“Of course, I really didn’t understand that,” Chaffee, who was 8 years old at the time, told The Washington Post. “I think I even asked her, ‘what, are you getting divorced?’”

‘Cries of rage’

In April 1967, just a few months after the Apollo 1 capsule fire, cosmonaut Vladimir Komarov of the former Soviet Union died when the parachute on his capsule failed on re-entry. And he reportedly died “cursing the people who had put him inside a botched spaceship,” according to National Public Radio.

Komarov orbited the Earth aboard Soyuz 1 on a one-day mission plagued by a series of problems. He died when the capsule smashed into the ground at high speed.

According to a book on the disaster, U.S. listening posts “picked up (Komarov’s) cries of rage as he plunged to his death,” NPR reported.

‘Forever accountable’

“Somewhere, somehow, we screwed up,” NASA Flight Director Gene Kranz told his team after the deadly fire, according to the American Institute of Physics.

“Whatever it was, we should have caught it,” Kranz said. “We were too gung-ho about the schedule, and we locked out all of the problems we saw each day in our work.”

NASA put the Apollo program on hold and created a special review board to investigate the accident. The panel released a 3,000-page report a few months later.

While they could not pinpoint the exact cause of the fire, investigators found evidence of electrical arcs in several wires under Grissom’s command couch, NASA said.

Fire-resistant Teflon coating had been used on the wiring, but the Teflon was easily penetrated, damaging the wires, the American Institute of Physics said.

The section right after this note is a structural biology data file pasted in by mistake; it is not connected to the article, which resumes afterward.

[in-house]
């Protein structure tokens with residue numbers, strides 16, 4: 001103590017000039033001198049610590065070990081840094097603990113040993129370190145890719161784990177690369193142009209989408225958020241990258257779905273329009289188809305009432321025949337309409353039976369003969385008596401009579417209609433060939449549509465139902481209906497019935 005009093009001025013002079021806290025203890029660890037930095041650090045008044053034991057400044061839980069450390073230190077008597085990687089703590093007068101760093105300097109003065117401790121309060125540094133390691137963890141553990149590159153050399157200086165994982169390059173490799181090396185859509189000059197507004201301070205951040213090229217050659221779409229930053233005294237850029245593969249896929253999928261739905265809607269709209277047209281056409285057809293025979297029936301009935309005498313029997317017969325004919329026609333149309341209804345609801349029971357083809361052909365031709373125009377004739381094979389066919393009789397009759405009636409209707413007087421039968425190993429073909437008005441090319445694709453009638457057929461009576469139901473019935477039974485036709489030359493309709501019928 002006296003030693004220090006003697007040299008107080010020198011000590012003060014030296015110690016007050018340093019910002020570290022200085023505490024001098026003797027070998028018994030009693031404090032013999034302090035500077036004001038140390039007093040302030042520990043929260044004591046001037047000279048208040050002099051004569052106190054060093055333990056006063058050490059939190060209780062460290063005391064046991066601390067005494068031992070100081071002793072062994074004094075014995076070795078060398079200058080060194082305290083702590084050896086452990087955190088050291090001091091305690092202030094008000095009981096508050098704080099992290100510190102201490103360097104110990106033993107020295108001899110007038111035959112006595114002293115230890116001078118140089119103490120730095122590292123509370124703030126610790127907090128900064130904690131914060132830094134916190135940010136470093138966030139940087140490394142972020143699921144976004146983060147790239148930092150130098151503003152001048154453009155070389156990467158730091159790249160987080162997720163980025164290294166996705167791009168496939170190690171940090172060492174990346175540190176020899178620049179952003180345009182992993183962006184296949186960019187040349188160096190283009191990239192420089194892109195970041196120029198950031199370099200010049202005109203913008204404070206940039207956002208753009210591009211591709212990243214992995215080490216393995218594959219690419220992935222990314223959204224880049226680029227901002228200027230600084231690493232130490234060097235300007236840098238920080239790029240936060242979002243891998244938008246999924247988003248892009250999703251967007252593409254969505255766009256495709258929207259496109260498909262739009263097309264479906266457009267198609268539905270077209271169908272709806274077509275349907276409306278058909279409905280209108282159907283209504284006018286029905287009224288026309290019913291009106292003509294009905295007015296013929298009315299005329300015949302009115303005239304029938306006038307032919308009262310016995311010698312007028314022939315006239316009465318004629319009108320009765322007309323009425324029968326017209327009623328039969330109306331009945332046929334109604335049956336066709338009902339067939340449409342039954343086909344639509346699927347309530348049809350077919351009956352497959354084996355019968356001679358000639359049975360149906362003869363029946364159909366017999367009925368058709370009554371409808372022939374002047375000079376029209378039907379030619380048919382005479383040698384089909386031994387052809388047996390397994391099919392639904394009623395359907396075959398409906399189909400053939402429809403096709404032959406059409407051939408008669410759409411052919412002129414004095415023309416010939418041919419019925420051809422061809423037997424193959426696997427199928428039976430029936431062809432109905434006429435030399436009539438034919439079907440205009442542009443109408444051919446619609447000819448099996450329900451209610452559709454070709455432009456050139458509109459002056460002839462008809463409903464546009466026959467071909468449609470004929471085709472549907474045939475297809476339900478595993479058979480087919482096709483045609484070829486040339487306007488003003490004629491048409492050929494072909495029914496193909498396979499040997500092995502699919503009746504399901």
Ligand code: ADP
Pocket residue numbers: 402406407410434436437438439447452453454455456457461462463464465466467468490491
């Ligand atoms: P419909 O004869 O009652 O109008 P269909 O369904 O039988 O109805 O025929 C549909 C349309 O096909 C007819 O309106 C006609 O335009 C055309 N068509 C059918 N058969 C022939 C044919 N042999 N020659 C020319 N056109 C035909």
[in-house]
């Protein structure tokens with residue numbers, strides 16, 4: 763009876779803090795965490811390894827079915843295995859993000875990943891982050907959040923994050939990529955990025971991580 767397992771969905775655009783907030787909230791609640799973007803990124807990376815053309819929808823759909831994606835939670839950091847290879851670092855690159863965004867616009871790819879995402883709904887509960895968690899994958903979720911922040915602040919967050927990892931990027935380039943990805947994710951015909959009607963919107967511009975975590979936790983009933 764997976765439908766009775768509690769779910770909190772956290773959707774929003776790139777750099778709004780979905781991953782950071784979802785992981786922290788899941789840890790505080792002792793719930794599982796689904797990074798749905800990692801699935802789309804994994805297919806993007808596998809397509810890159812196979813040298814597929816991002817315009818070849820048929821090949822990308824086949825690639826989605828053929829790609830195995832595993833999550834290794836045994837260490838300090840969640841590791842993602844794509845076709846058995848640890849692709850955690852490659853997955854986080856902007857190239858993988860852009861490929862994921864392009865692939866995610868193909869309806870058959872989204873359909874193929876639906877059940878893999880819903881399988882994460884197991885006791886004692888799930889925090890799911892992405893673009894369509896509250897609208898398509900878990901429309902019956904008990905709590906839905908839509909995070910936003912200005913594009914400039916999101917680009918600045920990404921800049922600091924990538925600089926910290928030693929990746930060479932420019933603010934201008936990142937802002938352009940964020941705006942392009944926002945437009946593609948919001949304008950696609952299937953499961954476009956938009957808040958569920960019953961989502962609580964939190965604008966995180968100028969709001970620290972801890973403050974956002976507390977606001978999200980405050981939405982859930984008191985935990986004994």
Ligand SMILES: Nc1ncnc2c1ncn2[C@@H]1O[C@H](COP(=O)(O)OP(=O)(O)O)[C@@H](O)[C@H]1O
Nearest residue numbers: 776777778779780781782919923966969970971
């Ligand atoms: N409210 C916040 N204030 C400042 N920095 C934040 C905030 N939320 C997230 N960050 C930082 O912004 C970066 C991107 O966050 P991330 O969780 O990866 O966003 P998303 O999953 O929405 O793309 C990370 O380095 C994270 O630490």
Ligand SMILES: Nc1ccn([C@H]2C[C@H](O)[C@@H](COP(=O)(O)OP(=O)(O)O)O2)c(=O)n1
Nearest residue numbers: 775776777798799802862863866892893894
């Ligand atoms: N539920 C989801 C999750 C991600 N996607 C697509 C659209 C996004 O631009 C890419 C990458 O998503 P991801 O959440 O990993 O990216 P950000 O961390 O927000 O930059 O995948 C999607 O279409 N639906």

To decrease weight, the Apollo 1 cockpit was filled with 100% oxygen, providing a fast-burning fuel source for the fire, the institute said. The capsule interior also was filled with combustible materials, including nylon netting, foam pads and “an excess of Velcro.”

The probe found that because the test took place with the rocket unfueled, normal safety precautions — including plans to rescue the astronauts — were not followed as it was considered a less dangerous test, NASA said.

And the cumbersome procedures to release the inward-opening hatch were impossible to complete once the fire caused the air pressure to rise inside the capsule.

“We are forever accountable for what we do or what we fail to do,” Kranz told his team, the American Institute of Physics said. “We will never again compromise our responsibilities.”

The backup crew

Three Soviet cosmonauts later became the first humans to die in space when their Soyuz 11 capsule decompressed in orbit during a 1971 flight, Astronomy reported.

They weren’t even supposed to be the cosmonauts aboard.